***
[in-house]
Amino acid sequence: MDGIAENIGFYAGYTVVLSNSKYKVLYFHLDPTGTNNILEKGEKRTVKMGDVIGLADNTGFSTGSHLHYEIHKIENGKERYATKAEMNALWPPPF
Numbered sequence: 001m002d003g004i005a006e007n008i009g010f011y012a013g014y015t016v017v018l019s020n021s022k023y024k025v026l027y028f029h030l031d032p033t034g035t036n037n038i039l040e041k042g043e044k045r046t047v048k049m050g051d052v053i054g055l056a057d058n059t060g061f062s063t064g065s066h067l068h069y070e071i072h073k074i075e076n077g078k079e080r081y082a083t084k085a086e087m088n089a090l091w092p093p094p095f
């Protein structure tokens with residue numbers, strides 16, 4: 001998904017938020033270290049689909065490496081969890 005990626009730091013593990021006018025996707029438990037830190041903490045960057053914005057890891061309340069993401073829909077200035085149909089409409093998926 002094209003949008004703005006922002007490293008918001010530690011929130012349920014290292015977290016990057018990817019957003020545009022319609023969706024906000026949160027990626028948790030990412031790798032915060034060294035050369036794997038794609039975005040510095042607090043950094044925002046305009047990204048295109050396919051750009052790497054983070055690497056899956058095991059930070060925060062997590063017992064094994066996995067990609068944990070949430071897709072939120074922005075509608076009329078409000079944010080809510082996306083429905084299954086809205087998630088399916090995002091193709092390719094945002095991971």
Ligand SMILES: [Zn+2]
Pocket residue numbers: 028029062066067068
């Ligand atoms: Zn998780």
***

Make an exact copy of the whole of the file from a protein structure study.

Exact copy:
[in-house]
Amino acid sequence: MDGIAENIGFYAGYTVVLSNSKYKVLYFHLDPTGTNNILEKGEKRTVKMGDVIGLADNTGFSTGSHLHYEIHKIENGKERYATKAEMNALWPPPF
Numbered sequence: 001m002d003g004i005a006e007n008i009g010f011y012a013g014y015t016v017v018l019s020n021s022k023y024k025v026l027y028f029h030l031d032p033t034g035t036n037n038i039l040e041k042g043e044k045r046t047v048k049m050g051d052v053i054g055l056a057d058n059t060g061f062s063t064g065s066h067l068h069y070e071i072h073k074i075e076n077g078k079e080r081y082a083t084k085a086e087m088n089a090l091w092p093p094p095f
């Protein structure tokens with residue numbers, strides 16, 4: 001998904017938020033270290049689909065490496081969890 005990626009730091013593990021006018025996707029438990037830190041903490045960057053914005057890891061309340069993401073829909077200035085149909089409409093998926 002094209003949008004703005006922002007490293008918001010530690011929130012349920014290292015977290016990057018990817019957003020545009022319609023969706024906000026949160027990626028948790030990412031790798032915060034060294035050369036794997038794609039975005040510095042607090043950094044925002046305009047990204048295109050396919051750009052790497054983070055690497056899956058095991059930070060925060062997590063017992064094994066996995067990609068944990070949430071897709072939120074922005075509608076009329078409000079944010080809510082996306083429905084299954086809205087998630088399916090995002091193709092390719094945002095991971």
Ligand SMILES: [Zn+2]
Pocket residue numbers: 028029062066067068
């Ligand atoms: Zn998780």